Critical gaps in drought response in Greater Horn of Africa
Summary of published research1
The drought currently affecting an estimated 11 million people in the Greater Horn of Africa is said to be the worst in more than a decade, with the impact being most severe in pastoral areas on the Ethiopia-Kenya-Somalia border. Many humanitarian actors have expressed frustration that in spite of excellent early warning, most agencies, donors and national governments proved unable to address the crisis effectively in its early stages. A recent HPG briefing paper reviews the extent of emergency livelihoods responses in the region, drawing on secondary data and interviews with national and international actors in affected areas.
The review argues that the quality and credibility of early warning systems have not been called into question in this case. The progressive deterioration of pastoral livelihoods in the region was well documented. However, while aid actors with a long-term presence in drought-affected areas moved quickly to modify and scale up their interventions in response to the crisis, it was not until the situation was extremely acute that it attracted meaningful attention.
National and international actors with infrastructure and programmes in affected areas were flexible in rapidly adapting and expanding pre-existing livelihoods interventions in response to the crisis, e.g. water development and rehabilitation activities, herd survival actions, human and animal health assistance and cash interventions were possible right from the start of the emergency. Opportunities were not, however, taken to build on longer-term work by heavily frontloading the emergency response with livelihoods interventions. Food requirements constituted 85% of total needs identified under the Kenyan Flash appeal while 83% of the revised Somali Consolidated appeal process was for food assistance.
The review asks why was there such a disconnect between long-term programming and the emergency response. Three main areas are identified as problematic: inadequate preparedness, capacity imbalances between food and livelihoods programming and funding constraints.
Despite the cyclical pattern of droughts in this area, there are no national preparedness plans in Somalia or Ethiopia. Kenya is more advanced and has community and district level drought preparedness plans. The main constraint appears to have been the absence of national and sufficiently large local contingency funds to implement these plans rapidly on a large scale. The lack of effective coordination between district and national levels meant that these contingency plans did not form the basis of wider national and international responses. As a result, international actors largely bypassed national structures in each country. Since international actors also lacked pre-existing emergency plans for collective work, there was little consensus on the balance to be struck in the emergency response between preventive livelihoods interventions and food assistance.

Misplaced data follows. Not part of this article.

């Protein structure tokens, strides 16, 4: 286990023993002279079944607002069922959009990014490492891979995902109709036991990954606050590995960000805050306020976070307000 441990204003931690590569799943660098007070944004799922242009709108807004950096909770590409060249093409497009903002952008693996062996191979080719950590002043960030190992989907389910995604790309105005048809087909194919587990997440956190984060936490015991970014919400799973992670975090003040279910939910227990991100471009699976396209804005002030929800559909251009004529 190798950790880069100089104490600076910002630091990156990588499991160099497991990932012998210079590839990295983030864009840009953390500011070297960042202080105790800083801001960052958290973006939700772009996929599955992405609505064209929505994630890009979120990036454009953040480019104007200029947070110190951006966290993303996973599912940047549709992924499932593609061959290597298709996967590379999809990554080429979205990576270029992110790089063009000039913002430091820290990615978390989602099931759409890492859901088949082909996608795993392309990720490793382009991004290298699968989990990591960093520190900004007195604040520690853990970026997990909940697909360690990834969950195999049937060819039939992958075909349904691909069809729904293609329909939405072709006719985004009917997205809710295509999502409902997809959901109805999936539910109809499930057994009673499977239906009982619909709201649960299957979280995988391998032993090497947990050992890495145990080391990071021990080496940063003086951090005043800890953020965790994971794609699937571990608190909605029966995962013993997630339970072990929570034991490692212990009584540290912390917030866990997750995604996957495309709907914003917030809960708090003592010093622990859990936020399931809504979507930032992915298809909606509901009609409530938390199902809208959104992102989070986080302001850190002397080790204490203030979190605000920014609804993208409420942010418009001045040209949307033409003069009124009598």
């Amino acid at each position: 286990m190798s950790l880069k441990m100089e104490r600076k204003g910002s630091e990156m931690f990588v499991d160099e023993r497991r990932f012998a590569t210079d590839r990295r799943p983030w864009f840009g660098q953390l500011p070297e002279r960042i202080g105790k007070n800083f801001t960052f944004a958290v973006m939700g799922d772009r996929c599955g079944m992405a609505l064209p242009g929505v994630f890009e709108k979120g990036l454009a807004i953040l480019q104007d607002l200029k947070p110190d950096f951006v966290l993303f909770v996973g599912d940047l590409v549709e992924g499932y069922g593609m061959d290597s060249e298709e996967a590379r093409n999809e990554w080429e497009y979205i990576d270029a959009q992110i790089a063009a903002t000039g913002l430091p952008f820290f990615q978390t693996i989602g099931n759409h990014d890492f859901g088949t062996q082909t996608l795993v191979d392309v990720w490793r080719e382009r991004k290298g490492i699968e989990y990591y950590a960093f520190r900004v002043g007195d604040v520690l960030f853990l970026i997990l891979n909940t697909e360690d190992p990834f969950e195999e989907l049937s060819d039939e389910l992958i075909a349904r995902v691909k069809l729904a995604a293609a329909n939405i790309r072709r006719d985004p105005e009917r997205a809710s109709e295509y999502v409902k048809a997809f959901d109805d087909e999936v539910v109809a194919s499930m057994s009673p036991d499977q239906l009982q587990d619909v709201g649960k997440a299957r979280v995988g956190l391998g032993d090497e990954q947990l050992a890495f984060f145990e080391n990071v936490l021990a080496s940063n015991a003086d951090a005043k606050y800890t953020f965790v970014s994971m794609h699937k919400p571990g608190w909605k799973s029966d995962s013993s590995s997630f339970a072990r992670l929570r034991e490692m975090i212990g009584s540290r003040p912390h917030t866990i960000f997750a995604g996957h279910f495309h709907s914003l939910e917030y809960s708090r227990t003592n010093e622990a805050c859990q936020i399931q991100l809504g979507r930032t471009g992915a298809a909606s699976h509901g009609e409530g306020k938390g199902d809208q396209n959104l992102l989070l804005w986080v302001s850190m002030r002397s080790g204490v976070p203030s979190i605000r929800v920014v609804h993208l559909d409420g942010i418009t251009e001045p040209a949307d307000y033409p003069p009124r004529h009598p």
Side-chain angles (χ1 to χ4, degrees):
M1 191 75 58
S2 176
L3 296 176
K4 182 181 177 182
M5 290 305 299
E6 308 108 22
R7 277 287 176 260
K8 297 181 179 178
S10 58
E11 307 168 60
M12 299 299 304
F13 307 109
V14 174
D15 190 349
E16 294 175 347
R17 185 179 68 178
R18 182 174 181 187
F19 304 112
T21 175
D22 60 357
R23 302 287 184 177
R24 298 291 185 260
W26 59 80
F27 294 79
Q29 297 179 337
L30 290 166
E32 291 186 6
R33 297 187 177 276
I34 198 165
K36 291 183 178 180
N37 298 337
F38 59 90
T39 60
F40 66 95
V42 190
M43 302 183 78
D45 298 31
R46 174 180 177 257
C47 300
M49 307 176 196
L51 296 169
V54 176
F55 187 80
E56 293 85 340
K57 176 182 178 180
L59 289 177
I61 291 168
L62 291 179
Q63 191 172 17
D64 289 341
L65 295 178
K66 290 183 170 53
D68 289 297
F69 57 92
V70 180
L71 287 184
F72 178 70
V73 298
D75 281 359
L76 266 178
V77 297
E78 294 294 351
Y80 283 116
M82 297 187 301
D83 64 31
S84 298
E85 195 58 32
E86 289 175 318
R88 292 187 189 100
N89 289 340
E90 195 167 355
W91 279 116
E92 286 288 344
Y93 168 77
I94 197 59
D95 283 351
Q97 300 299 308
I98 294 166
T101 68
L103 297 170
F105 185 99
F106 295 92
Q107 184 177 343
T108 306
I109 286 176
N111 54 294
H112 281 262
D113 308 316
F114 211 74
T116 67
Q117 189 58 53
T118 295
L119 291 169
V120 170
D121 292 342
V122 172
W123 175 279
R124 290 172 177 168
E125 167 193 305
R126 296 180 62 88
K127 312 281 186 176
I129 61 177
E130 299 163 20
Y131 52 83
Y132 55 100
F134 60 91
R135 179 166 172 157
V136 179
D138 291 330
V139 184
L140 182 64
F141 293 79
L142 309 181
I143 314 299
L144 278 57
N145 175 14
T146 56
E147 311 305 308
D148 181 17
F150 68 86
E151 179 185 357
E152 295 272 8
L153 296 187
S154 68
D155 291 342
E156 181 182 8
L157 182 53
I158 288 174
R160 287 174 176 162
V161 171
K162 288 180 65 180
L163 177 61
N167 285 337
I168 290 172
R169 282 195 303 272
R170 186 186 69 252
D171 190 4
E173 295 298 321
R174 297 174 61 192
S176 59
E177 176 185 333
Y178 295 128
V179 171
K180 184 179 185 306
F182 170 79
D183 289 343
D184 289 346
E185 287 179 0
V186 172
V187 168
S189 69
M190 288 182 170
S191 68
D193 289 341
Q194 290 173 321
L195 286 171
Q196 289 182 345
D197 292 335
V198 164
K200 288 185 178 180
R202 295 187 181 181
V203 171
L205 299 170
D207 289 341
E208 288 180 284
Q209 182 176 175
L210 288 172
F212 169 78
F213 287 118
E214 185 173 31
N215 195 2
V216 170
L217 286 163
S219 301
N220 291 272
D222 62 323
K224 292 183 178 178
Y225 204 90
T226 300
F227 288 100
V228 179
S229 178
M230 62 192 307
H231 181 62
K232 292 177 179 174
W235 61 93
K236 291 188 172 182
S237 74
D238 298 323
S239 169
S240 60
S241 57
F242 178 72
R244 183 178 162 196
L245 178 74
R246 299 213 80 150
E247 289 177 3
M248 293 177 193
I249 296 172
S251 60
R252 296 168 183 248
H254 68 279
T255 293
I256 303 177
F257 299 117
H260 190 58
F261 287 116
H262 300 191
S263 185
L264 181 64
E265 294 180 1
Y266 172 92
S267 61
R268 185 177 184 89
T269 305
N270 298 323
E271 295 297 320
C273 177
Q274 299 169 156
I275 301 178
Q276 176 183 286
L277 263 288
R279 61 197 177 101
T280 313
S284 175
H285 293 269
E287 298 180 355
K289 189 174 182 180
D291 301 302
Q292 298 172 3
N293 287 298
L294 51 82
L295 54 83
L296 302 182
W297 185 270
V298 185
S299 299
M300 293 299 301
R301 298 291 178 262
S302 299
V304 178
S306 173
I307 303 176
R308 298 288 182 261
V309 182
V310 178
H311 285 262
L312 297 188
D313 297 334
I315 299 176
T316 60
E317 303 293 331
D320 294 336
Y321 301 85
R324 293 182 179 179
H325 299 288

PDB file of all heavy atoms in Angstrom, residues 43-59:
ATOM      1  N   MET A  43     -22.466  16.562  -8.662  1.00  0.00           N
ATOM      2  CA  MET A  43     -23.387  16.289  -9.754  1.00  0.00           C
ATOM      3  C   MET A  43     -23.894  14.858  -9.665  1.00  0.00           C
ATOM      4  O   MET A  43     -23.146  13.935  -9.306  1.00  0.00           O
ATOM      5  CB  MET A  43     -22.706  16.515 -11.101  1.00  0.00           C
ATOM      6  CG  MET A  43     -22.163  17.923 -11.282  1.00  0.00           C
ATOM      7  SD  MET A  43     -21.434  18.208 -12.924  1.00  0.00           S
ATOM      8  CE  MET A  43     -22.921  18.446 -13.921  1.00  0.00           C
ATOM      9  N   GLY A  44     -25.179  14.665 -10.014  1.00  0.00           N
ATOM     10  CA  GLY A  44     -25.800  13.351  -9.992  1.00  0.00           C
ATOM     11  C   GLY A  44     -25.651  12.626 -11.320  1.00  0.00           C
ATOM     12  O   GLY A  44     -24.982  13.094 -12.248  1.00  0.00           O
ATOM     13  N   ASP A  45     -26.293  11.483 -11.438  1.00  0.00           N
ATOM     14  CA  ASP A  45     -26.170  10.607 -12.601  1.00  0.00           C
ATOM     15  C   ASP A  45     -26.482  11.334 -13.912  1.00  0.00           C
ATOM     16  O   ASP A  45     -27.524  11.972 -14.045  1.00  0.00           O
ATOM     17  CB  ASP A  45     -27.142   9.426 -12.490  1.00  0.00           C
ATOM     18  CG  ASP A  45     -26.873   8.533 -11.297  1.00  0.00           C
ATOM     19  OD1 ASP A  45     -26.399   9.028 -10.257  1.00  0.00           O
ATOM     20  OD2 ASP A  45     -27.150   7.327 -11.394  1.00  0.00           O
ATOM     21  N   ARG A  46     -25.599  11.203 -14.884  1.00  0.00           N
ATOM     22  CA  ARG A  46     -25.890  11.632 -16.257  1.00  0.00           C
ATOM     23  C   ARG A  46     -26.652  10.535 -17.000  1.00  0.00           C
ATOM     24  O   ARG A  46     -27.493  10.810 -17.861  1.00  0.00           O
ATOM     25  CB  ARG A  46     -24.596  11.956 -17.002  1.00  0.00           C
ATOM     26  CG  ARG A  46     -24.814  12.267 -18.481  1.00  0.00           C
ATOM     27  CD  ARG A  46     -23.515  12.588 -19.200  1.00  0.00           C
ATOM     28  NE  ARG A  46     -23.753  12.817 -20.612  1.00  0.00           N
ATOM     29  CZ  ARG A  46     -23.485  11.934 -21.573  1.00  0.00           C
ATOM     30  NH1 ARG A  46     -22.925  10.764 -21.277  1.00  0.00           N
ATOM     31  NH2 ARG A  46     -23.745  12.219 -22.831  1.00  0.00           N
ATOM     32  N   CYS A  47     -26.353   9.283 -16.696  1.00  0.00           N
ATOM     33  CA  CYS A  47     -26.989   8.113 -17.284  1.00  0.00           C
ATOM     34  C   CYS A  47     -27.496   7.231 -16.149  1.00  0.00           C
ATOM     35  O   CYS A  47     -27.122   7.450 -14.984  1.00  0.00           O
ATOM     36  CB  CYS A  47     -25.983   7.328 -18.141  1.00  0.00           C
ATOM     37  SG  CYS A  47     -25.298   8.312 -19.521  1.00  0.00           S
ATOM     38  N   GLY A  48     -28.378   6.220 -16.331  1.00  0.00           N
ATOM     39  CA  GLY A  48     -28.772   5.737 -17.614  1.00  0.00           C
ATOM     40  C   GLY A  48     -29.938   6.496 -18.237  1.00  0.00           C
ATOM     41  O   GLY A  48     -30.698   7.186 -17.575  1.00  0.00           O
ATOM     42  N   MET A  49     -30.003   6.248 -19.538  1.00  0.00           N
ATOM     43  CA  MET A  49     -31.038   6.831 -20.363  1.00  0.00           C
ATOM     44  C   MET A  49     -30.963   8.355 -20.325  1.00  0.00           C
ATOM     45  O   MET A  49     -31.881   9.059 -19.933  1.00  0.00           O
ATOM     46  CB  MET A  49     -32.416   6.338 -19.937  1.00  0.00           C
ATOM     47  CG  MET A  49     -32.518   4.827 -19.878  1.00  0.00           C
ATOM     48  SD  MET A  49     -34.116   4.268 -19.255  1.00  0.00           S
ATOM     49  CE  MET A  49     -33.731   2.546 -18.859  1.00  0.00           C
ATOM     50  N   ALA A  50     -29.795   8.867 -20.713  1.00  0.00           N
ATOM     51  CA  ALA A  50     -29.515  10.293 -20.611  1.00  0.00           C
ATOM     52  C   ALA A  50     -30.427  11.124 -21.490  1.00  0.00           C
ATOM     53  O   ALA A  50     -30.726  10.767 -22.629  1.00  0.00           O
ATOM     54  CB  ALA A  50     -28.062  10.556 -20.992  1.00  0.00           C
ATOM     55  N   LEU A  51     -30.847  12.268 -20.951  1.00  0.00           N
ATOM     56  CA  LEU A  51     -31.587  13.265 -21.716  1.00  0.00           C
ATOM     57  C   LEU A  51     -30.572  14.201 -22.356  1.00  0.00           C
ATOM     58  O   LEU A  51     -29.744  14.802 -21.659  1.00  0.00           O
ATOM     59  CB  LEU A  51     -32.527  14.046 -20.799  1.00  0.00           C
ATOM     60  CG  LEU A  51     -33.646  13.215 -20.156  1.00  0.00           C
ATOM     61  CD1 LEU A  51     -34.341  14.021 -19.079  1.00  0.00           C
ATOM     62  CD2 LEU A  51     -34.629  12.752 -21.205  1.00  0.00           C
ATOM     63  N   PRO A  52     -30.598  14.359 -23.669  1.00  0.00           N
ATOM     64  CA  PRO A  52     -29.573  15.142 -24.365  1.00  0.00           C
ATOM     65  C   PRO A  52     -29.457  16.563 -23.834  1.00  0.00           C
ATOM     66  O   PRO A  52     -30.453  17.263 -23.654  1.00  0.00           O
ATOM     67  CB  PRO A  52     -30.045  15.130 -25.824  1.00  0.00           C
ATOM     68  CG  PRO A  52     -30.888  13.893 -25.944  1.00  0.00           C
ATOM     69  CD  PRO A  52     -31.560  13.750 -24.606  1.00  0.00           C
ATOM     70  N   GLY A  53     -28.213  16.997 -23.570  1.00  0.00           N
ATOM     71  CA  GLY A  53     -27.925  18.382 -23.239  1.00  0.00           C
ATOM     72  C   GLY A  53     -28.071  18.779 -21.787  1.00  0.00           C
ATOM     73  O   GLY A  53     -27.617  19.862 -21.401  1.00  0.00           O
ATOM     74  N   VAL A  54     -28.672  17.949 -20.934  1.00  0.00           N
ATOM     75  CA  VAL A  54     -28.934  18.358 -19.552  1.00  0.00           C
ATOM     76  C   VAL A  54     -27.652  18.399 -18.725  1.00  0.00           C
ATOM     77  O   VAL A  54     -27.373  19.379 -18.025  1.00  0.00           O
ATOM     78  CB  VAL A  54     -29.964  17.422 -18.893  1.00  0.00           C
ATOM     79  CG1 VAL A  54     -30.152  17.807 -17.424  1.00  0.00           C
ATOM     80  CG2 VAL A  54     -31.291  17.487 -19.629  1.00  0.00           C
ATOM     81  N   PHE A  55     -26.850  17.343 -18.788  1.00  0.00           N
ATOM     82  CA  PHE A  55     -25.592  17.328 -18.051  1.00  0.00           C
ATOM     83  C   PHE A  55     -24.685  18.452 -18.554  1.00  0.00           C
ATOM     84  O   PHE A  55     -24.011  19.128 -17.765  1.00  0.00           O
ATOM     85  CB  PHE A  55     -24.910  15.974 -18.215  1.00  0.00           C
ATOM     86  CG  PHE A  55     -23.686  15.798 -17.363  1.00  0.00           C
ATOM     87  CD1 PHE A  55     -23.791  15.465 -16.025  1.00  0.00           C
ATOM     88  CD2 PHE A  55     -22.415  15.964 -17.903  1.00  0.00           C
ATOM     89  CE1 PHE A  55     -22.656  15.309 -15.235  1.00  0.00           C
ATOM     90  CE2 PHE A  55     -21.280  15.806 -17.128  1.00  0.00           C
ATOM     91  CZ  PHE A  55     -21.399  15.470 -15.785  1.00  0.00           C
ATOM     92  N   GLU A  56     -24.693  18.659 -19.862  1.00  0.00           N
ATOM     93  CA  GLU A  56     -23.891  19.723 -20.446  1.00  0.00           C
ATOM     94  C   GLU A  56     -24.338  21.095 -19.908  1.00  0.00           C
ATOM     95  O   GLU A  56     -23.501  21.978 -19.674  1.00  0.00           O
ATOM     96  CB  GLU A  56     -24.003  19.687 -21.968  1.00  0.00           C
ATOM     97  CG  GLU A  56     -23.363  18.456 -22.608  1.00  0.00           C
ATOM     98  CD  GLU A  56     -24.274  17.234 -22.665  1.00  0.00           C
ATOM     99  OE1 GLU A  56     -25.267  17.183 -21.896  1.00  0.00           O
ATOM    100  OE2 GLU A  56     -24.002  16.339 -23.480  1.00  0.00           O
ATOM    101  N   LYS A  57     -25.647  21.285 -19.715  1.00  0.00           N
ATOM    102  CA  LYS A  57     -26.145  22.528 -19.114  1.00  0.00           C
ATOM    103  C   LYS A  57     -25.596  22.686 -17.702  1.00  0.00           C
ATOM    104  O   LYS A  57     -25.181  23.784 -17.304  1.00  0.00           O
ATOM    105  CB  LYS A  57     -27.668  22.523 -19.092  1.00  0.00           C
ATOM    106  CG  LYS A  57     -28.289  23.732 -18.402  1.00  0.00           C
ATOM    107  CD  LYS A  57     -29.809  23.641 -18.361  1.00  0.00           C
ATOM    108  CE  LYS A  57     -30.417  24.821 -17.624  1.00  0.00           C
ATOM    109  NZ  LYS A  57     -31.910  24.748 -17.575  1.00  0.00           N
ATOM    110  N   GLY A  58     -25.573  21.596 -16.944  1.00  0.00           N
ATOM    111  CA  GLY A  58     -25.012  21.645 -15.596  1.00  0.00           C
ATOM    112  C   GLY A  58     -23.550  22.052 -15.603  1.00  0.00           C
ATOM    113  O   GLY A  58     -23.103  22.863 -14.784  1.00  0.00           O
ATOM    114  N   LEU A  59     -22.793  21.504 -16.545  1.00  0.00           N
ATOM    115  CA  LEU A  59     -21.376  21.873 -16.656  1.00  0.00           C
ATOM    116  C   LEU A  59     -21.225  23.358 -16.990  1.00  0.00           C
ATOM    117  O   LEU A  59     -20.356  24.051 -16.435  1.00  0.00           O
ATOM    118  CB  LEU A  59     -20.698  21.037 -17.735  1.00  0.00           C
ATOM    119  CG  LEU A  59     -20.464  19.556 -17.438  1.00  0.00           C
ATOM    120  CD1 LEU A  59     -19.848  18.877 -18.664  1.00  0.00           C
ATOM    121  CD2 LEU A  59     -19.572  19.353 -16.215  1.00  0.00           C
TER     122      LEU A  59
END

Capacity imbalances between food and livelihoods programming
A key weakness was the lack of capacity for assessing, designing and implementing livelihoods interventions. Assessments were generally lacking the hard data that food assessments were able to provide to demonstrate potential life-saving impact. In addition, there appear to have been significant delays in planning for large-scale livestock related livelihoods interventions. Many donors, especially in Kenya, felt that plans for de-stocking were being submitted at a time when it was no longer appropriate to intervene to accelerate livestock off-take. Some agencies, particularly international relief organisations, also mentioned a lack of capacity to implement these programmes. Both implementing agencies and donors reported a dearth of innovative approaches: many claimed that the crisis was so severe that less established programming, such as cash transfers, were too risky. However, well-designed and timely livelihoods interventions were possible where agencies had longer-term programmes and an intimate understanding of the local context.
Funding for livelihoods interventions was much lower than for food assistance. The difficulty of attracting donor funding for livelihoods projects was widely reported by humanitarian agencies, with donors in return indicating a lack of receptivity at headquarters to such interventions. This was reportedly due to an overload of requests for non-food resources globally, as well as a lack of contingency funding. Although the Consolidated Appeal for the Horn of Africa focused primarily on non-food interventions, it was not launched until April 2006 and was, in any case, critically under-funded.
Effective early warning does not ensure an adequate and timely response in slow onset disasters. Where agencies had a long-term presence and were flexible in redeploying funds earmarked for long-term activities, livelihoods interventions were implemented in a timely manner. It is essential that relevant national preparedness plans are in place in contexts where vulnerability is chronic and where acute crises are likely to develop. In order for these plans to be effectively put into operation, there must be investment in national capacity to implement emergency livelihoods programming on a large scale.
1Saving lives through livelihoods: critical gaps in the response to the drought in the Greater Horn of Africa. HPG briefing note. May 2006
Taken from Field Exchange Issue 28, July 2006